Tama of the Light Country by Ray Cummings

Tama of the Light Country


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subjects: Science Fiction

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Are all the artificial satellites circling the earth ours? How can we be sure that these little metal globes, these observational devices with their top-secret interiors, were all made on earth? Perhaps there is one up there that was not? When such a space satellite was located, it caused a furore. But that was nothing to what happened when it was accompanied by a mysterious rash of kidnappings–young girls were being taken away, carried off to some strange destiny in outer space! Tama of the Light Country is the startling novel of the conflict with Mercury–the smallest world of the solar system–which harbored an unsuspected secret.

134 pages, with a reading time of ~2.25 hours (33,514 words), and first published in 1930. This DRM-Free edition published by epubBooks, .

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The First of the midnight raids was made upon a girls’ school on Moose Head Lake, in Maine. It was a summer camp, with something like eighty girls, almost all between the ages of fifteen and twenty. The affair–which occurred during the nights of August tenth and eleventh–was kept as secret as possible. It did not get into the newspapers, nor did the newscasters announce it until about a week later.

But it terrorized the immediate neighborhood at once, and little wonder. There were ten of the girls missing when, despite the confusion and terror, the others could be counted. Two more were dead. The principal, a Professor White, was wounded. Two of the other men teachers were killed, and one of the matrons.

I heard of the affair about noon of August eleventh. I was twenty-five years of age the summer when the mysterious attack upon the White Summer Camp in Maine started a chain of events which brought a menace to two worlds and utter chaos to one.

*    *    *    *    *

I am Jack Dean, a newsgatherer for the Broadcasters’ Press Association, and occasionally I do some actual newscasting. I was in the New York studios of the B.P.A., and had just been on the air with a routine news account, when the aviator Jimmy Turk called me long distance from Boston.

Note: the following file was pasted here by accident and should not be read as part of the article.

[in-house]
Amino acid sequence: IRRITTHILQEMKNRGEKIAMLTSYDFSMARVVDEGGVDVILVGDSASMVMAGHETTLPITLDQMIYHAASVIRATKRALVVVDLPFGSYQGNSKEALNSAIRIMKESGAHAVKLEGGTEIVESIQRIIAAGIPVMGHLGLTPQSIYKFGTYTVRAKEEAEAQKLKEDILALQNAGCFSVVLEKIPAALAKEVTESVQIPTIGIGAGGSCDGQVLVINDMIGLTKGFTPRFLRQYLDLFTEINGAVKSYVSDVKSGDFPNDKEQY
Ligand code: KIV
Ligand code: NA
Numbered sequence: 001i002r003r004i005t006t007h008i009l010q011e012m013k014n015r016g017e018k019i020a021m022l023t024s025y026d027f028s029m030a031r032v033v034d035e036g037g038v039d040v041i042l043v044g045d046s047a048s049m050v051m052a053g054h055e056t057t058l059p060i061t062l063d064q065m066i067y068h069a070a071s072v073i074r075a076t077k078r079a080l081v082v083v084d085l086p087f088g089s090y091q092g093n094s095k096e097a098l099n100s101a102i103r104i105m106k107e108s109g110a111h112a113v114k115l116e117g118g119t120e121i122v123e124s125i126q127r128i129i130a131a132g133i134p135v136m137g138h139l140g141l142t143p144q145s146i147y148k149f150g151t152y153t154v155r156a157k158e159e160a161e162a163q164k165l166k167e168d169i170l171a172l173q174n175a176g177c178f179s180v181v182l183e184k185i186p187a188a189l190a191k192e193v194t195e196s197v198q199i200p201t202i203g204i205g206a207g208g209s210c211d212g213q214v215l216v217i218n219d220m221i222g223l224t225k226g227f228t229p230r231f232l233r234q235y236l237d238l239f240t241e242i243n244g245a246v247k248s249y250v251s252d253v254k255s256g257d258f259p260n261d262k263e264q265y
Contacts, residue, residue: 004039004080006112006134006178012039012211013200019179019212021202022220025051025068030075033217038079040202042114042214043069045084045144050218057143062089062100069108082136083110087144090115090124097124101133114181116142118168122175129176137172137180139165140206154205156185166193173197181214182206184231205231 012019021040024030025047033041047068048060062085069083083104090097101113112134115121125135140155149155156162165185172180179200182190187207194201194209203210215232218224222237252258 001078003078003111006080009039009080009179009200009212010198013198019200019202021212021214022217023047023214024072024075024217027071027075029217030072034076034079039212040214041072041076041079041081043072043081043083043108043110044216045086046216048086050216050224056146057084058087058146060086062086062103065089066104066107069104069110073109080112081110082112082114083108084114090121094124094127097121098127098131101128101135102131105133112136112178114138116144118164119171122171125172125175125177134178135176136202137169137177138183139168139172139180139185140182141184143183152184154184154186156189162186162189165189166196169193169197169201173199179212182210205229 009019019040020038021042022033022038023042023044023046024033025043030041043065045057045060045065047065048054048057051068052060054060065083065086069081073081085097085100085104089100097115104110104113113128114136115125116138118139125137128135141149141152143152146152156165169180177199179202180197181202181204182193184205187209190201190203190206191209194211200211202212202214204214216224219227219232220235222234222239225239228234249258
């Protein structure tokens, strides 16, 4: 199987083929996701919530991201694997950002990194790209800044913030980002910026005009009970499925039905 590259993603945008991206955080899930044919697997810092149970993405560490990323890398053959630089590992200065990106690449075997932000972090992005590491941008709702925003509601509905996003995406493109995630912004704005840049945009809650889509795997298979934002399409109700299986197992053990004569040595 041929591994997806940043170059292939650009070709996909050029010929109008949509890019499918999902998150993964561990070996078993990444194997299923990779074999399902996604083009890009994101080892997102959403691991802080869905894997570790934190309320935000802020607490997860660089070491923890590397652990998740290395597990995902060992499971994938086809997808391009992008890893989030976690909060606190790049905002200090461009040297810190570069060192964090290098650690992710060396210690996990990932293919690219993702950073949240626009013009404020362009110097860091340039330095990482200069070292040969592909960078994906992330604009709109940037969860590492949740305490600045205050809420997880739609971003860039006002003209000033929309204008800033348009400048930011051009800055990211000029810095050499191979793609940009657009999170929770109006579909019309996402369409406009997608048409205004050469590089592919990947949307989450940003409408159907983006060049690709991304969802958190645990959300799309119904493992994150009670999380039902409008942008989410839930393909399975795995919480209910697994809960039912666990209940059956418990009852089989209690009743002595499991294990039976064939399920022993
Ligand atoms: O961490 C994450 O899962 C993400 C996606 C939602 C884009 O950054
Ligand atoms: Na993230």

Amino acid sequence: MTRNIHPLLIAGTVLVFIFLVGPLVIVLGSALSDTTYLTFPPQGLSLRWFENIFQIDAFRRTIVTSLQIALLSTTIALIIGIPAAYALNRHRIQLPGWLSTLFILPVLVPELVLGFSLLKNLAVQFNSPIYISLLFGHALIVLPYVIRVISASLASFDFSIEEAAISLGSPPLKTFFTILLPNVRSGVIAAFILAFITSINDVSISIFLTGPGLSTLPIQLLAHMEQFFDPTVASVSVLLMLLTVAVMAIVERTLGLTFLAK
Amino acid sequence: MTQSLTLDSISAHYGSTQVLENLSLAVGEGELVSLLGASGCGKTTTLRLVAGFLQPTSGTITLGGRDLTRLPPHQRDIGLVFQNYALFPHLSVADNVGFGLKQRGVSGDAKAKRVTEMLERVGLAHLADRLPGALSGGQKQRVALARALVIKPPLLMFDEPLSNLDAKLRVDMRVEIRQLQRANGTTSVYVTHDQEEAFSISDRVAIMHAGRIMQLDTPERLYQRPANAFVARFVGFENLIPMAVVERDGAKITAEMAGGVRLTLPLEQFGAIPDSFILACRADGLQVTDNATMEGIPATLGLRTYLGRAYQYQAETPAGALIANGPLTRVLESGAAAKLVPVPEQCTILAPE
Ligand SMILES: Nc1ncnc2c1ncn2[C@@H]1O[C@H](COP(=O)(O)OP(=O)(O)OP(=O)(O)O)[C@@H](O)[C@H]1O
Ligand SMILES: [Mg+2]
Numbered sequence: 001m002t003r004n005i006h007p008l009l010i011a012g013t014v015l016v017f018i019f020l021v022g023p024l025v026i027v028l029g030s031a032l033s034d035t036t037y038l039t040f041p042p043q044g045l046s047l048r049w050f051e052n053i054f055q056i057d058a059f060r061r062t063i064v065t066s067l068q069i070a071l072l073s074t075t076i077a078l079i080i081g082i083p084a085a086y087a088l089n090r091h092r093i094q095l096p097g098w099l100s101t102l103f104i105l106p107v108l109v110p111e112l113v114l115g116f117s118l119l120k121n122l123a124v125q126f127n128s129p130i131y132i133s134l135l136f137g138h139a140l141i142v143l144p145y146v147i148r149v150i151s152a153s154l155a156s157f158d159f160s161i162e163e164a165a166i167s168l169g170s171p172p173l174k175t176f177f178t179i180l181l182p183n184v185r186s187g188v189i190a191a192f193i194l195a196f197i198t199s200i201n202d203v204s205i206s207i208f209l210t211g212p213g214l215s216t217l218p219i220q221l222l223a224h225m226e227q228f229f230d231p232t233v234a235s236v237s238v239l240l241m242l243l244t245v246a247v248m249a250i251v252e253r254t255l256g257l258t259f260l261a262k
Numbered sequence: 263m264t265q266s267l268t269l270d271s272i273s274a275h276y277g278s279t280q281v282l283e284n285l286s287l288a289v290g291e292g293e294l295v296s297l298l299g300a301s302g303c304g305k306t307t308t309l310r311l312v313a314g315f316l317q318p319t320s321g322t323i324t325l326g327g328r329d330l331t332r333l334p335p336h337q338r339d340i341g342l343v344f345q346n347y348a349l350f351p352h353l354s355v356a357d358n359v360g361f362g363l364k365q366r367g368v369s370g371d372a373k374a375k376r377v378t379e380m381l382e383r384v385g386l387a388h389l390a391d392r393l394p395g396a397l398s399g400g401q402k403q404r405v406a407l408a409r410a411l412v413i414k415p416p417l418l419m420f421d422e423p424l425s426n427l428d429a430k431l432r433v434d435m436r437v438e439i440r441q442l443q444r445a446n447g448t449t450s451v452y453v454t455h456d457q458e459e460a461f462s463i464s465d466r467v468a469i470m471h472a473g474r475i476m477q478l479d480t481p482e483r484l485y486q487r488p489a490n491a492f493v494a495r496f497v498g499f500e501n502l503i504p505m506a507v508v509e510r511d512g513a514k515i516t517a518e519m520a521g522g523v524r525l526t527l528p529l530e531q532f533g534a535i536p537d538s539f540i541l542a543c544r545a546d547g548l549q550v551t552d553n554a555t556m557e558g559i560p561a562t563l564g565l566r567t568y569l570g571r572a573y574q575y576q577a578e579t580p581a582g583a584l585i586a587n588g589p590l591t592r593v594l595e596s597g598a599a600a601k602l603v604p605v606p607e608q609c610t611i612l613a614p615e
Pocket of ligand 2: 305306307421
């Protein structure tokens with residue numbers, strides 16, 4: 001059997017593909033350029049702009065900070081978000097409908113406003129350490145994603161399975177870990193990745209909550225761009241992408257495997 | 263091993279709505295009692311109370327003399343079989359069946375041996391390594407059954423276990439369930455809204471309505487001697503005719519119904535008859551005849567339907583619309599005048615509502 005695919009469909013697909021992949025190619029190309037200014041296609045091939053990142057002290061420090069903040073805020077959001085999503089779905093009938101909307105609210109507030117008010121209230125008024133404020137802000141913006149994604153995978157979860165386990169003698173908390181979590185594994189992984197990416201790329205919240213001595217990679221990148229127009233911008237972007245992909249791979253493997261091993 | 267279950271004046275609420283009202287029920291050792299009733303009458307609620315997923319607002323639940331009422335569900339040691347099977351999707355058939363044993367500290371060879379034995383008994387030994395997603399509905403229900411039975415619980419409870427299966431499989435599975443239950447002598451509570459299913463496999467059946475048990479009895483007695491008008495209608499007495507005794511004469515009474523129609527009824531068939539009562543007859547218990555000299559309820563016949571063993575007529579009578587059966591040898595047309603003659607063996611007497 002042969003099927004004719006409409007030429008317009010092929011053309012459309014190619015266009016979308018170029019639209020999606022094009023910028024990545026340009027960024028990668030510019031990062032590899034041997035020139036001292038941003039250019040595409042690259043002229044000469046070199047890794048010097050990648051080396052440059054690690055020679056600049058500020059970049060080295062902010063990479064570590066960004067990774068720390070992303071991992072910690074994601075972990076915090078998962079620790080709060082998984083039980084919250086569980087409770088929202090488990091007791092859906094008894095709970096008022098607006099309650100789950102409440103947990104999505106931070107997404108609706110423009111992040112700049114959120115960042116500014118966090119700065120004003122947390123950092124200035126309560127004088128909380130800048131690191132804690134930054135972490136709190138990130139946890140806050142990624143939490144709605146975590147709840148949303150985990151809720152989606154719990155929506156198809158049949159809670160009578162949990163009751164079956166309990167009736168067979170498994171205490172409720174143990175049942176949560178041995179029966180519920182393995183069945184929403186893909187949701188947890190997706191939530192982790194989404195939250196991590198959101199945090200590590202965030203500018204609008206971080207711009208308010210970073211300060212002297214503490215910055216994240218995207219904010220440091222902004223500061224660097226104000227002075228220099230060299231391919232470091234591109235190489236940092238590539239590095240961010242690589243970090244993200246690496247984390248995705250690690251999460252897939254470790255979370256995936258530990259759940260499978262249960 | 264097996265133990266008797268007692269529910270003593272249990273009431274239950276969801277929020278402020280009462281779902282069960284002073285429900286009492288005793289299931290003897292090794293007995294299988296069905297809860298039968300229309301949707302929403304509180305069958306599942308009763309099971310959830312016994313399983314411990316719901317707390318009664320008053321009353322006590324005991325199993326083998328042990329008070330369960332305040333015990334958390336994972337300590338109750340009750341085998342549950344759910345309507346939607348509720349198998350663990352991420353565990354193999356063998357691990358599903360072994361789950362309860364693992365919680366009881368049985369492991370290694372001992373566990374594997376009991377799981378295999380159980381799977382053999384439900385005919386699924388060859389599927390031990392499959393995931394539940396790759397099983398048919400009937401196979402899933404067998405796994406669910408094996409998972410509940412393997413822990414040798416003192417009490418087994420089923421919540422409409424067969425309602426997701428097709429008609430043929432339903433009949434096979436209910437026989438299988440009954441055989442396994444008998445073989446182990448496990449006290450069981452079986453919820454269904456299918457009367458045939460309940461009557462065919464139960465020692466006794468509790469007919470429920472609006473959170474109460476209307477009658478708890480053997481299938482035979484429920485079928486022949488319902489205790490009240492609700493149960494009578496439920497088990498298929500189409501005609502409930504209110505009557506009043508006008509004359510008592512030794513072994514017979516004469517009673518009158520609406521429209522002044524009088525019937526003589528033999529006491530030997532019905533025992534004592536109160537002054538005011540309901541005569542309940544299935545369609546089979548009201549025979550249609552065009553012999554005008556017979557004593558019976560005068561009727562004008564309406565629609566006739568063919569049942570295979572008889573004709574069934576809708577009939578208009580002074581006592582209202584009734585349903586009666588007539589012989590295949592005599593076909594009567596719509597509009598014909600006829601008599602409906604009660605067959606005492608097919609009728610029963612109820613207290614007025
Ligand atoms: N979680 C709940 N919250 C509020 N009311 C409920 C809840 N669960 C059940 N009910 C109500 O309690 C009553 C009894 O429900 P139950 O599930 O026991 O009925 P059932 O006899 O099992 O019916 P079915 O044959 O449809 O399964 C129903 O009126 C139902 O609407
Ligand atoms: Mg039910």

“Take your plane and come up,” he told me. His voice was vibrant with excitement. “Drop your work. Tell ‘em it’s business, the biggest piece of news this year–if you can get a release on it!”

Jimmy Turk was an operative of the newly established Interstate Flying Patrol, and a friend from my University days, though of recent years we had not seen much of each other. A short, stocky, red-headed little daredevil, this Turk–one of the most skillful wildest flyers in the service.

“Trouble up at Moose Head Lake, in Maine,” he went on. “Meet you at Bangor–the Lanset Field. We’ll go in my Dragon, so leave your tub-boat there. What time will you be up? Four o’clock? The devil! If you leave now you can be there by three, or earlier.”

“For how long, Jimmy? An overnight job?”

“Tell ‘em you don’t know. A day or two. A week. Just tell ‘em it’s the biggest thing ever–if you get it for the air. It’s been suppressed so far. I’m in it from the police end. Damn it, Jack, don’t make me talk. There’s no time.”

*    *    *    *    *

I flew up the coast and met him at the Lanset Field in mid afternoon. He was wild-eyed, his fiery red hair tousled, his entire little body shaking with excitement. It was the strain of waiting for me, I thought. With action I knew Jimmy Turk to be cool and calculatingly deliberate.

He hustled me into his powerful little Dragon–the smallest, swiftest thing that flies.

“I’ve been over there and back. It isn’t far: half an hour or so.”

We settled down in the tiny oval cockpit. He lifted us and we sped away over the forest reaches toward the famous lake. It was a surprisingly wild country for this day and age–a playground for summer vacationists, yet there were deserted lakes and unbroken stretches of primeval forest.

“Well, Jimmy, now that we’re here, what’s the trouble?” I said lightly. “Something drastic?”

“No trouble–nothing at all except about ten young girls abducted, a few killed, and a couple of other miscellaneous murders.”

He told me all he had learned about it, which was little enough. It was wholly confused–a muddle of conflicting accounts, none of which dovetailed to make a rational explanation.

The White Summer Camp for Girls consisted of a group of log-cabin type bungalows set on a promontory of the lake, with a larger cabin as mess-hall. A boathouse with canoes, a dock, float and diving board were at the end of the point. There was a small stable with saddle horses, and a taxi runway leading from the lake to a hangar-garage which housed several small sport hydroplanes for those pupils whose parents would allow and could afford them.

The camp was one of the wildest portions of the lake. Unbroken forest lay about it, with only a few houses in the neighborhood and a dirt road leading to the nearest village three miles away.

The place was in a turmoil when we arrived. Planes lay thick on the water about the runway. The road was jammed with automobiles. A police cordon about the camp managed to keep the crowd back, but within the lines there was a group of excited officials, investigators, and curiosity-seekers who had the connections to get inside.

The pupils–those who had not been killed, or abducted–had fled to their homes. Professor White lay unconscious in a Bangor hospital. What he had to tell, if there were anything rational, as yet remained undisclosed.